Written by Fiona Longmuir

In The News

Standing with Ahmed

A bright teenage Muslim boy was arrested and suspended in Texas for making a clock and bringing it into school. Fiona Longmuir joins President Obama in standing shoulder to shoulder with Ahmed, and she doesn’t think we should be standing for this kind of shit anymore.

Ahmed handcuffed

Photo: @OfficalPrajwol on behalf of Ahmed’s sister.

This week, in News So Horrifyingly Racist, It Makes Me Want To Cry, a 14-year-old boy was arrested in Texas for building a clock and bringing it into school to show his teacher. This, by any standard, is a completely brilliant thing for a 14-year-old to be doing. When I was 14, I spent most of my time trying to choose a suitably mysterious song lyric to put in my MSN name. But there was a glaring problem that probably never crossed the boy’s mind. His name was Ahmed.

His teacher, who presumably attended the Inspector Clouseau school of explosive identification, took a look at the young Muslim boy standing in front of her with a digital clock face and decided that he presented a potential risk to the safety of the school. Ahmed was led away in handcuffs and fingerprinted.

After being questioned by police, they graciously decided not to press any charges. Perhaps because there were no charges to press. The school, instead of owning up to what is obviously a hugely embarrassing mistake, sent out a letter to the parents of all students, informing them that a suspicious device had been confiscated from a student and that they should use this opportunity to remind their children not to bring prohibited items to school.

Even leaving aside the racism element for a moment – and believe me, we will be coming back to it – what kind of school discourages its students from pursuing extracurricular learning and showing it off to their teachers?

But that question, of course, assumes that the clock would still have been considered a “prohibited item” in the hands of a white student.

Fortunately, in a gorgeous turn of events, a photograph of Ahmed in handcuffs, NASA T-shirt and all, began circulating on social media and he received a massive outpouring of support from the scientific community, including messages of support from Chris Hadfield, Mark Zuckerberg… oh, and this guy:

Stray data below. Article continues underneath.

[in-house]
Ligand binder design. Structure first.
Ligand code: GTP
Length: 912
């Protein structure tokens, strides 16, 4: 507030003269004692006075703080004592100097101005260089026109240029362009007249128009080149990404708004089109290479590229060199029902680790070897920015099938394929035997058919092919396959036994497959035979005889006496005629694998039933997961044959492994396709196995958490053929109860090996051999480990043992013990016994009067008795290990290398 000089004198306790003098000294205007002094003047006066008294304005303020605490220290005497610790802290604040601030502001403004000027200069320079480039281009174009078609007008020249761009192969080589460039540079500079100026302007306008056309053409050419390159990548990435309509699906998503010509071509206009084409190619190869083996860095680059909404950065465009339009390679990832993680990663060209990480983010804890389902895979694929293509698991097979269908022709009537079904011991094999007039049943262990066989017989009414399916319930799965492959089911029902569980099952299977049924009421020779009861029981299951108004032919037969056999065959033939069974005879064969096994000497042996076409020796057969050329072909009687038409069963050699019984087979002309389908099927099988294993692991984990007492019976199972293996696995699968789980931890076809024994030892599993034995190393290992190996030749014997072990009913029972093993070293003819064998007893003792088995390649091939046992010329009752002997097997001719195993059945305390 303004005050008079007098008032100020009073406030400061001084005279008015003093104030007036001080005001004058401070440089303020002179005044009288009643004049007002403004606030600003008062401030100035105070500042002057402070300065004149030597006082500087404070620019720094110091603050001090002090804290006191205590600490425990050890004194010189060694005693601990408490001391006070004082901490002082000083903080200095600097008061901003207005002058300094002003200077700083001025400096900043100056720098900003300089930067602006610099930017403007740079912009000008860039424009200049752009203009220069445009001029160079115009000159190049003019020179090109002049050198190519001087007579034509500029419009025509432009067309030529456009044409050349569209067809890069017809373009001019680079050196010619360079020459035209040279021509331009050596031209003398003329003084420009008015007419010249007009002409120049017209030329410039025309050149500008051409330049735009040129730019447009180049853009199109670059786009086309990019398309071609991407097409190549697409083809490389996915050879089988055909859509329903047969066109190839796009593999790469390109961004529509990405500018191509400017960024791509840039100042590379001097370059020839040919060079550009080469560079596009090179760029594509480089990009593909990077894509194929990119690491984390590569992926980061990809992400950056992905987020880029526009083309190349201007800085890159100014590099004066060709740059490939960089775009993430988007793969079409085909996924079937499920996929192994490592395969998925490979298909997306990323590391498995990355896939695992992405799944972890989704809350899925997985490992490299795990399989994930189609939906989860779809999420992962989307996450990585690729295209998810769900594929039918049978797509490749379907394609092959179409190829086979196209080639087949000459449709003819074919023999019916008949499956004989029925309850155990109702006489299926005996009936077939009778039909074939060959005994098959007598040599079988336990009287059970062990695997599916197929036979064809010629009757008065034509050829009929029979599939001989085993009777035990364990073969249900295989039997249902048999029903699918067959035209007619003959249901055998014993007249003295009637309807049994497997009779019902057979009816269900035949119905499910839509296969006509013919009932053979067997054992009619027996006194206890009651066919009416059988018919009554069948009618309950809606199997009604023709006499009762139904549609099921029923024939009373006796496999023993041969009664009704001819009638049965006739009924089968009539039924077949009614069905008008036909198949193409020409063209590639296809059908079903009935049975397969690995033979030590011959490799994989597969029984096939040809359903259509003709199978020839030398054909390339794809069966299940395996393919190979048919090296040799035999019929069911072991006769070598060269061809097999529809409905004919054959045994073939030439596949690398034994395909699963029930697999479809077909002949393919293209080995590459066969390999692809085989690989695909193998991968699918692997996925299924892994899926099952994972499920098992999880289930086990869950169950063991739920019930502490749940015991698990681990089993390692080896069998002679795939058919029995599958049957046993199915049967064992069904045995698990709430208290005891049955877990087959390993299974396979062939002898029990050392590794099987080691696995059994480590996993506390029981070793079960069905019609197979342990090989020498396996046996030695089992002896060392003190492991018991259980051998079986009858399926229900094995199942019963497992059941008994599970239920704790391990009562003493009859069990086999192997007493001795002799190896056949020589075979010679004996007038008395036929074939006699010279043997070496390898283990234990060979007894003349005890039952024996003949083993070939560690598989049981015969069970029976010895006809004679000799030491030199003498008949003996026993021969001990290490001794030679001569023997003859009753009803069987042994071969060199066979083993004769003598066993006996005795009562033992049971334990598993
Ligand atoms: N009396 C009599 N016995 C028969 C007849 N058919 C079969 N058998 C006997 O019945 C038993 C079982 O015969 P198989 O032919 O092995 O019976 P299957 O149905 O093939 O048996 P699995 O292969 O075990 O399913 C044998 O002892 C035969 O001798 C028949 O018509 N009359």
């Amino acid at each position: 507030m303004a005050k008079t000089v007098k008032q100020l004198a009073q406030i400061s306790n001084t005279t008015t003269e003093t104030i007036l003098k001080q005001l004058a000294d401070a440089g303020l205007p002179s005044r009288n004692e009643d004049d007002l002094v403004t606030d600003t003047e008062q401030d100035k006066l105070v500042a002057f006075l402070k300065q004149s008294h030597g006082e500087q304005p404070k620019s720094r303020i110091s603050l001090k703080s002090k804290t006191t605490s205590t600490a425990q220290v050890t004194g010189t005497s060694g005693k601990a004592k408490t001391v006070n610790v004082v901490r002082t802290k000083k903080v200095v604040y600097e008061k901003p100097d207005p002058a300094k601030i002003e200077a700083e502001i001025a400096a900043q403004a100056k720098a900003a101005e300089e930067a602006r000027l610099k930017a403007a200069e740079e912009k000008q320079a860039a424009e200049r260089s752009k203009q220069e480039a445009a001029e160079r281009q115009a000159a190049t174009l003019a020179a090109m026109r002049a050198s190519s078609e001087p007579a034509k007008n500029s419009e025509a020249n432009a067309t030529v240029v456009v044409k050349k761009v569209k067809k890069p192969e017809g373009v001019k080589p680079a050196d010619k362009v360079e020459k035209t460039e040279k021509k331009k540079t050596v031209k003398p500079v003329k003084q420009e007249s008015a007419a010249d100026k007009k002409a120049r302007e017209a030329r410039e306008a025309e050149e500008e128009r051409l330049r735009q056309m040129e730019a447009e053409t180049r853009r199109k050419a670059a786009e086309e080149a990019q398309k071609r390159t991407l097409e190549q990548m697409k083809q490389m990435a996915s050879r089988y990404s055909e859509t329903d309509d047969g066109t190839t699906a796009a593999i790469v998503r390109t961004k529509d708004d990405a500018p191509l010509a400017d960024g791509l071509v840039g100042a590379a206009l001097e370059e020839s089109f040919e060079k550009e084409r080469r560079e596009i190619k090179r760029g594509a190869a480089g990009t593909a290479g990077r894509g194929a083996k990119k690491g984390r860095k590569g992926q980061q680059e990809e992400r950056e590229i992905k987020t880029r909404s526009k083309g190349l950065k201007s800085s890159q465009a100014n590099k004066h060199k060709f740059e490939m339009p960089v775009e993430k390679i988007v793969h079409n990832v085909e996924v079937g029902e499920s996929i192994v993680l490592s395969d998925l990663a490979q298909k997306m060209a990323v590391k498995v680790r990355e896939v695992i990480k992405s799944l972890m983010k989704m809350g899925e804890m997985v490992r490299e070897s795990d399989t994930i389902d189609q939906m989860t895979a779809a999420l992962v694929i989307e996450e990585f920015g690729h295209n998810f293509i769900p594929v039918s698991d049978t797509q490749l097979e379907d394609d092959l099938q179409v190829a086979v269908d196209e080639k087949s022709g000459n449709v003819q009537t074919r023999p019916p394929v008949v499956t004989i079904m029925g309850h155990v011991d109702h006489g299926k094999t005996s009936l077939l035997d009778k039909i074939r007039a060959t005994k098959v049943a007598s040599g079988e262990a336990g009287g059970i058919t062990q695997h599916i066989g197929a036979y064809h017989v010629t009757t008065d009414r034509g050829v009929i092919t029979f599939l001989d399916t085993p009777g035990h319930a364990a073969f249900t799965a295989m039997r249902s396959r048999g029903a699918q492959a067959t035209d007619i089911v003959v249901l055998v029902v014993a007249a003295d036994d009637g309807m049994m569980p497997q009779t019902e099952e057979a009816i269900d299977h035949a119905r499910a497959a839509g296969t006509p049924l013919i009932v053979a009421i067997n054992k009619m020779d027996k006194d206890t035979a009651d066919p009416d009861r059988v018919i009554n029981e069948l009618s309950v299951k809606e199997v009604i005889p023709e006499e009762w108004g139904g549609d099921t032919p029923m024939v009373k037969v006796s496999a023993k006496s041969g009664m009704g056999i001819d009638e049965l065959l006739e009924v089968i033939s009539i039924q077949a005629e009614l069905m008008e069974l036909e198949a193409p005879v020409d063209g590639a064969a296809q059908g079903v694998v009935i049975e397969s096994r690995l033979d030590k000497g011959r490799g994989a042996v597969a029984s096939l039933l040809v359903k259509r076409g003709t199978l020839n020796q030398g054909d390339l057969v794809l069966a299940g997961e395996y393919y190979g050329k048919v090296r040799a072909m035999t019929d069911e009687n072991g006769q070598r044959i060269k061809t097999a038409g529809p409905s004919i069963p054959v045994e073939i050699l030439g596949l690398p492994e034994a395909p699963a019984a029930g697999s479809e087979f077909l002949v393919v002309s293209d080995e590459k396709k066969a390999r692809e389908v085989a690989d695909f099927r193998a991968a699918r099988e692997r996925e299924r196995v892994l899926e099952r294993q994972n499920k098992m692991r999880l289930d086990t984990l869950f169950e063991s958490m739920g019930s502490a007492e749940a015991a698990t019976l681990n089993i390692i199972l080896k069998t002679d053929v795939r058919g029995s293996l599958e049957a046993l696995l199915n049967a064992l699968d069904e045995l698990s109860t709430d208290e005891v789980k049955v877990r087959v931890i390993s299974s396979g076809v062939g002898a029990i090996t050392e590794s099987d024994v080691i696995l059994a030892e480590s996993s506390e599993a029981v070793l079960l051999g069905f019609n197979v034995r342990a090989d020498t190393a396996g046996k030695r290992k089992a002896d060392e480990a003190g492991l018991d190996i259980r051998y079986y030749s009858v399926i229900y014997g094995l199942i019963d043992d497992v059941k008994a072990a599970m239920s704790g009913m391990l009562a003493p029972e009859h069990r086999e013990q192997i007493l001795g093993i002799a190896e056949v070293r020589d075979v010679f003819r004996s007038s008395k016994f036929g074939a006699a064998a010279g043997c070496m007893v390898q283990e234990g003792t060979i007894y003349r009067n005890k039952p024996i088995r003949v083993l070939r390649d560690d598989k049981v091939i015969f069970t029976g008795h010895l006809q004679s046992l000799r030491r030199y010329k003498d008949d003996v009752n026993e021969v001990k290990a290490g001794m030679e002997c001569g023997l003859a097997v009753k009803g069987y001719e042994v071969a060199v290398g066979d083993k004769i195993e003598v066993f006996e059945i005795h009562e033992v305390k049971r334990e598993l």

Most excellent.

But the thing is, despite the huge support he has received, Ahmed will probably never bring an invention to school again.

This story tells Ahmed and millions of other Muslim kids a very familiar tale: you’re not one of us; it is your responsibility to make us feel safe. Muslim people are forced to constantly police themselves, to put on a big smiley I’m-not-a-terrorist face and reassure us. The burden is on them to prove themselves, rather than on us to challenge our shitty racist assumptions.

This isn’t just about one kid. How many kids just give up and stop striving because it’s just easier to stay out of the spotlight? How many kids stop trying to be exceptional because they’re afraid it’ll be viewed as something sinister? How many deliberately slide under the radar because they’re so exhausted by everyone constantly viewing them through a racist lens?

One person clever enough to tell a clock from a bomb.

One person clever enough to tell a clock from a bomb.

Let’s not forget, even after it was established that Ahmed had been arrested for BUILDING A CLOCK, he was still suspended from school. He was made to feel like he had done something wrong by applying the knowledge that he loves outside of the confines of the classroom.

We need to stop. We need to teach all children, but especially those belonging to oppressed groups, that they deserve the space they occupy in the world, that the world is there for the taking if they want it. Because in this one action, spurred by one moment of Islamophobic presumption, a child was made afraid to do what he loved. And that is a totally unacceptable tragedy.


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Written by Fiona Longmuir

Fiona Longmuir is a professional storyteller, reluctant adult and aspiring funny girl. When not getting naked in tube stations and binge-watching inappropriate TV shows, she can be found scribbling at the Escapologist's Daughter.